So I finally gave in and joined Facebook 10 days ago. It’s quite well done and pretty addictive, although after the first few days of looking for people you know and being found by same, the excitement isn’t the same of course and there isn’t that much value to it. The fact that it does a bit of everything does lessen the barrier to entry for various things and so I have friends who use notes almost as a blog when they wouldn’t write a blog, update their status religiously when they wouldn’t use Twitter, post pictures when they wouldn’t post to Flickr, add and register for events when they wouldn’t look at Upcoming, etc.
It’s kind of an internal network effect, each feature gains from being around the others. Each features when it’s a lonely app isn’t interesting enough for some but when matched with the others is suddenly worth it. No need to find your friends again and again for every app, you just start using another feature or “install” an application within Facebook thanks to their API launched two weeks ago.
Two main reasons why I finally created an account; checking out the new API and how existing applications fit into it and, hearing people found old friends, thinking I might find people I’ve traveled with and with whom I’ve lost touch. The latter didn’t work all that much, the former is in progress, I’m impressed by everyhing that’s offered but I haven’t dived into the API itself yet.
A few things I’ve noted recently about Facebook.
Social Strategist has a good list of things written about Facebook followed bu some thoughts on the whole thing.
On Read Write Web:
Facebook launched “The Platform”, a system enabling 3rd party companies to integrate their services inside of Facebook user pages… About 70 companies have apps set up already (more on those below)… this platform goes beyond the ability to post media from outside into Facebook and it goes beyond the previous Facebook API (a read-only Application Programming Interface (API) released on August 15th, 2006, and at the time also called The Platform). With the new platform, outside companies are now being allowed to deploy advanced functionality inside the Facebook site.—Facebook Grows Up, An Analysis of Today’s News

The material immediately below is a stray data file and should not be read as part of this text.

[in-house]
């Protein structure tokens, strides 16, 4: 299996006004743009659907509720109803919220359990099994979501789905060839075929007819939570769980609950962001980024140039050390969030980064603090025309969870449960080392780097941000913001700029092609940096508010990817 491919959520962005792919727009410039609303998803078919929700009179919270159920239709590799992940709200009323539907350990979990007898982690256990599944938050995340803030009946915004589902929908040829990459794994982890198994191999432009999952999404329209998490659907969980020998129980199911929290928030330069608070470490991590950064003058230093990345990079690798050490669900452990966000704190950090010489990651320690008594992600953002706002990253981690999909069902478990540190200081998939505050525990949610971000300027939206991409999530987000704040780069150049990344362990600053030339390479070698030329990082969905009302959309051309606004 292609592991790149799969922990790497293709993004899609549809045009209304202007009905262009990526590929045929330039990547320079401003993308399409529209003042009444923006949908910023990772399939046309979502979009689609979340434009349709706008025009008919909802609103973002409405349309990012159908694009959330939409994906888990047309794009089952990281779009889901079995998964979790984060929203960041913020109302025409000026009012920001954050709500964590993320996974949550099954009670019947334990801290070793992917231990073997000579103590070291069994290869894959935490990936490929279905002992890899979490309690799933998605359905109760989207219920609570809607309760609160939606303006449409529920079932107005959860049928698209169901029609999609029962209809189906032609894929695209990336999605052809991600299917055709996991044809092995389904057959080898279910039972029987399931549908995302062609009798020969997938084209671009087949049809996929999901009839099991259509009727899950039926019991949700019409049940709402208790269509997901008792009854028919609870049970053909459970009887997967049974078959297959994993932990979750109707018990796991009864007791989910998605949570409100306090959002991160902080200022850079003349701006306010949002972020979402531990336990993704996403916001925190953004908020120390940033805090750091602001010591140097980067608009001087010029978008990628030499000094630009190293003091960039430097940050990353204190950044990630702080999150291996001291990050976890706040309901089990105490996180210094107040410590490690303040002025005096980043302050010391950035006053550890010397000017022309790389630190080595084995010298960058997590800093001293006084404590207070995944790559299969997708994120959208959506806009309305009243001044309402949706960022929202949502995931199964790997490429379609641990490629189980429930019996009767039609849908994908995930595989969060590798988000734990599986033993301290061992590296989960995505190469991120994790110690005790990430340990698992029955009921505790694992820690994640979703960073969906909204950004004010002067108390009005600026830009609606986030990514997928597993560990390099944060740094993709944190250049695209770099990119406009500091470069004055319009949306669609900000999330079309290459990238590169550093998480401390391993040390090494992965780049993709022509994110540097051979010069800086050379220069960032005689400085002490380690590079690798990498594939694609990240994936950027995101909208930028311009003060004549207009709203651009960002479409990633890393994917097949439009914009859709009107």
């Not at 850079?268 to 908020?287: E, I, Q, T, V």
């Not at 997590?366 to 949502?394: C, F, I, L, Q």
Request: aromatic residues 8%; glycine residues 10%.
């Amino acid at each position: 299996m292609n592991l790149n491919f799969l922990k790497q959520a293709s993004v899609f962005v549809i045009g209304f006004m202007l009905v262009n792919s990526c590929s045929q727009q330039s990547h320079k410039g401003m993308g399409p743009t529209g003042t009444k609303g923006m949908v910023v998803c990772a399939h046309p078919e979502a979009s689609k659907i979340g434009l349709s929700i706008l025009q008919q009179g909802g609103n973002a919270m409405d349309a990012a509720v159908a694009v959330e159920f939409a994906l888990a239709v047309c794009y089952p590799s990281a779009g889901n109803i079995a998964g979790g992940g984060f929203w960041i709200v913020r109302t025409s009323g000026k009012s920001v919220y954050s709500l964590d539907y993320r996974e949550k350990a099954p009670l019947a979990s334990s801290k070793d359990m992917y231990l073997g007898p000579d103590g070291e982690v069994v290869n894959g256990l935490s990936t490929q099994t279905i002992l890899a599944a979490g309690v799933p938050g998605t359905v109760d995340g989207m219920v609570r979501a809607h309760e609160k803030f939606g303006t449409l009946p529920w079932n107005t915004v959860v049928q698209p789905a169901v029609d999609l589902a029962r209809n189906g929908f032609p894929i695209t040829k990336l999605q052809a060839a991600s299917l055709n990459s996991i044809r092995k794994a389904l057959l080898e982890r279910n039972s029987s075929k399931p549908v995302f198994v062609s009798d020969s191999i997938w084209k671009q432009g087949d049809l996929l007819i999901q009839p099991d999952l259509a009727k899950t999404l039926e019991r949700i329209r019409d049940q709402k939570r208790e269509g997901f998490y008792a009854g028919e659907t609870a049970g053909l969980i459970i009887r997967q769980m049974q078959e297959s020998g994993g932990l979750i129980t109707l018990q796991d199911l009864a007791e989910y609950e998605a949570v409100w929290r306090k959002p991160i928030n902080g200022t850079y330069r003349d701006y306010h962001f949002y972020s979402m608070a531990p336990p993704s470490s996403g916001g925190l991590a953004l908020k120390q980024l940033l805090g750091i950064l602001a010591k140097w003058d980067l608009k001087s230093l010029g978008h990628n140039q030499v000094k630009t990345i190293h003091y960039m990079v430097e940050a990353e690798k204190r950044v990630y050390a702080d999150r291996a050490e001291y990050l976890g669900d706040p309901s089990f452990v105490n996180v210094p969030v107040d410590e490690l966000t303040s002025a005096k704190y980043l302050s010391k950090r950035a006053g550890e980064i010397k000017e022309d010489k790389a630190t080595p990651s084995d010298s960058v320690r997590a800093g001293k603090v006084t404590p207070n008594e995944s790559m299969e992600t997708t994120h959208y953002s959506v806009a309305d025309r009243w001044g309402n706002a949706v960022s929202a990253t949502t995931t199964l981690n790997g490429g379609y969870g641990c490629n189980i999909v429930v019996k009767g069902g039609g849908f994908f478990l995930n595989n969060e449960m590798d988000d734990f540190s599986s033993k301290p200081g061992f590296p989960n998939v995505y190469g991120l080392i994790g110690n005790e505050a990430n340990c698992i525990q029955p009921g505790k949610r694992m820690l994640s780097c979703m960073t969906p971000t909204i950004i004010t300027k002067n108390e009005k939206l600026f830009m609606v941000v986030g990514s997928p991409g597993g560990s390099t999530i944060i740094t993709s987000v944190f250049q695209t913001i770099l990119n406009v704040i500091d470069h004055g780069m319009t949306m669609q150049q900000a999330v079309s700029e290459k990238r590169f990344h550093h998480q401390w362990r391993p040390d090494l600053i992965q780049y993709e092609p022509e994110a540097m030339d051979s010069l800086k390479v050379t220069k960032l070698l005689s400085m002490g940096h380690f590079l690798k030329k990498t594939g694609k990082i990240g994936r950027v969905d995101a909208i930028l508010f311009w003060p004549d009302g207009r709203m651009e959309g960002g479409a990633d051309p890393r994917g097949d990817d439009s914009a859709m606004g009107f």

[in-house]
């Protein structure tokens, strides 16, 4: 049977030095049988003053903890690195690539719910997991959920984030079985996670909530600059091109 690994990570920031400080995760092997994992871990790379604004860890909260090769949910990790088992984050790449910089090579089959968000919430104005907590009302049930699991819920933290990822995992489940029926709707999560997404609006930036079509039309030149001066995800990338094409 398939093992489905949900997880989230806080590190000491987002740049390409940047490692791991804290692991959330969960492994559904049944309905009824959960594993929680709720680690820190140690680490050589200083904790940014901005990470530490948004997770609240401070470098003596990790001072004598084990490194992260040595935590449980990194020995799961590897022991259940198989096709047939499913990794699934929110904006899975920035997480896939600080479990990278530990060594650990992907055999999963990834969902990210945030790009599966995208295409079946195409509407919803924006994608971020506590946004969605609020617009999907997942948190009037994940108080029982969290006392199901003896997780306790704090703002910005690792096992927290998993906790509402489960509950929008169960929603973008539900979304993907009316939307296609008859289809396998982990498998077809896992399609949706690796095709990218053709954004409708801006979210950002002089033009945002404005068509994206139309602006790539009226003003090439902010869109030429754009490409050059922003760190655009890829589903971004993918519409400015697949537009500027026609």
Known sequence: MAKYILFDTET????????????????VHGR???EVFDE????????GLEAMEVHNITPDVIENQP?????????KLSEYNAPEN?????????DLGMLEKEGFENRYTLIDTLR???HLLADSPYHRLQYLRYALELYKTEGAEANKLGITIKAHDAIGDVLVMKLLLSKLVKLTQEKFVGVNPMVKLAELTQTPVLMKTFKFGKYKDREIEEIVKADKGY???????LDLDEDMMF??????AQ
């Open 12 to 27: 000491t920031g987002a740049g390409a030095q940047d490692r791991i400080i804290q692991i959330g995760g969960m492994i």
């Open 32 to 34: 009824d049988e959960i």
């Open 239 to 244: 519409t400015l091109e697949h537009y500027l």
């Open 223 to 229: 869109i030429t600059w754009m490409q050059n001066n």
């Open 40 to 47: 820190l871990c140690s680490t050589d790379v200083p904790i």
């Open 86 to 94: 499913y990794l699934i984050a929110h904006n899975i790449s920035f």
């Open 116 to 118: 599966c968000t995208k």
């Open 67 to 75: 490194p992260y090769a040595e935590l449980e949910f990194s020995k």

The attempts to block Facebook or punish users for stating their opinions fails to appreciate that social network sites are simply the Internet generation’s equivalent of the town hall, the school cafeteria, or the workplace water cooler – the place where people come together to exchange both ideas and idle gossip… Attempts to block such activity are not only bound to fail, but they ultimately cut off decision makers, school officials, and community leaders from their communities. The answer does not lie in banning Facebook or the other emerging social media sites, but rather in facing up to Facebook fears and learning to use these new tools to engage and educate.—Facing Up To Facebook Fears
On Techcrunch (going over board):
The potential for Facebook to layer on any feature whose value increases with the participation of friends is an incredibly broad canvas for a portal. Moreover, as each new application gains acceptance, it enriches the overall value of the network and makes it incrementally more likely that the next application will be tried. Much of what we know as “Web 2.0″ will eventually be rebuilt on top of Facebook.—The New Portals: It’s the Bread, Not the Peanut Butter